The government appears to be taking notice of the huge potential of nanotechnology to improve industrial competitiveness.
The Ministry of National Education will provide Rp 250 billion ($26.5 million) to fund nanotech research and development through 2010.
The Ministry of Industry will provide another Rp 15 billion.
“We will fund 60 studies on nanotech, as this is a sector that is taking off in the developed world,” said Deddy Mulyadi, head of the research and development division at the Industry Ministry.
Deddy said the Indonesian Nanotechnology Society — which is staffed by industry representatives and academics — would join ministry officials and five companies that use nanotech to sign an agreement today on ways to jointly develop the new technology for industrial purposes.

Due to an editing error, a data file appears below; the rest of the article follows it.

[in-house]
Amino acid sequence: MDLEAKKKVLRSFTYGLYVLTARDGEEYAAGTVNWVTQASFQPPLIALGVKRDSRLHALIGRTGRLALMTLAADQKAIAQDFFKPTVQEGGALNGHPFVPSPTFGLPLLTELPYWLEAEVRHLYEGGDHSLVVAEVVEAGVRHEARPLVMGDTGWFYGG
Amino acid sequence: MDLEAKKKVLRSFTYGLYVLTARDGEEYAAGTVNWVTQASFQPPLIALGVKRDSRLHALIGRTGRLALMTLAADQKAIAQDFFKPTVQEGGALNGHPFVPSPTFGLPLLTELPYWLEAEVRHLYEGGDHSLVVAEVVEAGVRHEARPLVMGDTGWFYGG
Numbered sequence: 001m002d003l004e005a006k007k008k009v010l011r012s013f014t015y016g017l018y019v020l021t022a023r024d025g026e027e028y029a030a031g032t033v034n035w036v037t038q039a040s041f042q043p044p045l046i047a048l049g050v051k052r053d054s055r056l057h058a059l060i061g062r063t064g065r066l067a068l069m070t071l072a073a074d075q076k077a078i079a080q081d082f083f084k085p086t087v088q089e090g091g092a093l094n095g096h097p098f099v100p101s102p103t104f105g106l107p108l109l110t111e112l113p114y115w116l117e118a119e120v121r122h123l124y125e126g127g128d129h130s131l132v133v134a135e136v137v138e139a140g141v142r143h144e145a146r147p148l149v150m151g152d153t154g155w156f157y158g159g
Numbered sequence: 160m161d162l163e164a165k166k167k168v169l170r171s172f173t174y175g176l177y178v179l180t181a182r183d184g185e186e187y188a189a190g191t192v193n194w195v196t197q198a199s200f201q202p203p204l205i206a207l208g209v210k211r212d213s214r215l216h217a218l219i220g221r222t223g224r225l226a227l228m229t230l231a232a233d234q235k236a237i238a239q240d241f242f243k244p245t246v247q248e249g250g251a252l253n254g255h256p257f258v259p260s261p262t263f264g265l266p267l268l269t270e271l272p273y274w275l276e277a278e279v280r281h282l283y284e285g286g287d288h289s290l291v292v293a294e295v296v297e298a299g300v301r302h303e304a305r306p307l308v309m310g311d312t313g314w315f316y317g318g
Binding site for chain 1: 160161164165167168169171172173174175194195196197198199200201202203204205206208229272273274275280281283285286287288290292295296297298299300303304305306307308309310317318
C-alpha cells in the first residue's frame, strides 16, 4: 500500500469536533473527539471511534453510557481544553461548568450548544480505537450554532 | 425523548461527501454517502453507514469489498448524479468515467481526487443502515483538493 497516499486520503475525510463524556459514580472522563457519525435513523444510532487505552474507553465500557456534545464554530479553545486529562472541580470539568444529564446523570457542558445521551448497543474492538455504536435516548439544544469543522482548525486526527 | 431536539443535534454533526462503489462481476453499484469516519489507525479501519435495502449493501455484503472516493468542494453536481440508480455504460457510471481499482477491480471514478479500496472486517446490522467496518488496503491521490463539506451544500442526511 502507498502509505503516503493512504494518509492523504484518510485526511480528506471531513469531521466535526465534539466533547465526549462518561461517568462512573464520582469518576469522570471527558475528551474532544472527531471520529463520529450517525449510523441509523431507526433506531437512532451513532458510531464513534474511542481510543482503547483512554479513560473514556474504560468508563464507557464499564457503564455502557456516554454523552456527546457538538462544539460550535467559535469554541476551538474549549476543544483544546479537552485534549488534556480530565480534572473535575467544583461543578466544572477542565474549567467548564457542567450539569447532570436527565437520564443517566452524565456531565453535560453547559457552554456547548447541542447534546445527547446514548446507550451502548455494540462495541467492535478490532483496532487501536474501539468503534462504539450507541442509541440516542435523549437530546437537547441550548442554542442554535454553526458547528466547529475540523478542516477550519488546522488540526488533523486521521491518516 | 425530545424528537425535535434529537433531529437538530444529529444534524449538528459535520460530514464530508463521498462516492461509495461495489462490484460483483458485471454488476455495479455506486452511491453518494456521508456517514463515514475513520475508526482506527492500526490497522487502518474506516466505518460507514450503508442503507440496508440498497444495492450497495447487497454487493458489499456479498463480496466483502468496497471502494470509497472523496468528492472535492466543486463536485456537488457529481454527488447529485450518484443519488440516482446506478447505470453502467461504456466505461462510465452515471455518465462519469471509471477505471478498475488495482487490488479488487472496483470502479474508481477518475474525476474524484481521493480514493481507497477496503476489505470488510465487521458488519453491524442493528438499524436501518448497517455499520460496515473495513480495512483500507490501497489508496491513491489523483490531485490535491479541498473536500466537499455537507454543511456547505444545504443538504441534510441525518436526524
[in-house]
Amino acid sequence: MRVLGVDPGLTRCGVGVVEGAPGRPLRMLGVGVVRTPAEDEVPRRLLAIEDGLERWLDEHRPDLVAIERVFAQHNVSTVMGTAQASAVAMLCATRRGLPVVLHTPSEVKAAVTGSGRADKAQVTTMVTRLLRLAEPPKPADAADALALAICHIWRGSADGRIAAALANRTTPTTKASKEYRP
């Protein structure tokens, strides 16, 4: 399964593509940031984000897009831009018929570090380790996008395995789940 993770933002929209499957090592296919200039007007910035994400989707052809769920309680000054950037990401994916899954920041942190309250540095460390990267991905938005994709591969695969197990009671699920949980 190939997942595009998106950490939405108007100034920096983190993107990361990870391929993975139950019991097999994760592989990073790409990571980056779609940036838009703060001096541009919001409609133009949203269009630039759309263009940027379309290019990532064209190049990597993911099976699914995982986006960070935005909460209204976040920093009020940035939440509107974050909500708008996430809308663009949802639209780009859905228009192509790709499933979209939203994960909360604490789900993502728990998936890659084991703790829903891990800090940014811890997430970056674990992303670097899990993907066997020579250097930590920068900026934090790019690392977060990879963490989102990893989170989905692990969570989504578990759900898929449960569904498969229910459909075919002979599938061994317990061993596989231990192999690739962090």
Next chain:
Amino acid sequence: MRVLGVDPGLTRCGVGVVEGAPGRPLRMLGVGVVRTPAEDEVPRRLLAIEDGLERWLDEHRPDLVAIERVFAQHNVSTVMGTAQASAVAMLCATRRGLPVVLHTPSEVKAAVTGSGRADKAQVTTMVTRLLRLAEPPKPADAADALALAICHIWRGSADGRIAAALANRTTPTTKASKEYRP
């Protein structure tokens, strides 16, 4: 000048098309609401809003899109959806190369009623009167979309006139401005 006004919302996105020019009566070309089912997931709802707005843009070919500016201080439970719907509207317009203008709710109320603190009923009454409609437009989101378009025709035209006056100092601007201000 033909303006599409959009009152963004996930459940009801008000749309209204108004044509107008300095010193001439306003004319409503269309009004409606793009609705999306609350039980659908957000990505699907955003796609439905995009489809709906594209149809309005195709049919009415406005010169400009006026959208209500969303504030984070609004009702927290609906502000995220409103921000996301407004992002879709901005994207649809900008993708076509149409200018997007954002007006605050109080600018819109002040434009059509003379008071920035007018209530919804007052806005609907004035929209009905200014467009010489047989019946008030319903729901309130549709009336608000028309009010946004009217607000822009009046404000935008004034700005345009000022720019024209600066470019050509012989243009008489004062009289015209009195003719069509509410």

Deddy did not elaborate on what form that cooperation might take.
“The challenge now is to foster positive communications between the R&D sector on the one hand and industry on the other,” he said.
Nanotechnology involves the manipulation of matter on an atomic and molecular scale, as well as the development of materials and devices at that level.
It generally deals with structures of a size 100 nanometers or smaller. A nanometer is equal to one-billionth of a meter.
Ceramics, textiles, food, energy, information technology and communications are among the sectors that could benefit from nanotech, Deddy said.
“For example, Indonesian textile producer Bellini already exports goods that use nanotechnology in their production processes,” he said.
“They were able to secure prices that are 70 percent higher than comparative products on the international market.”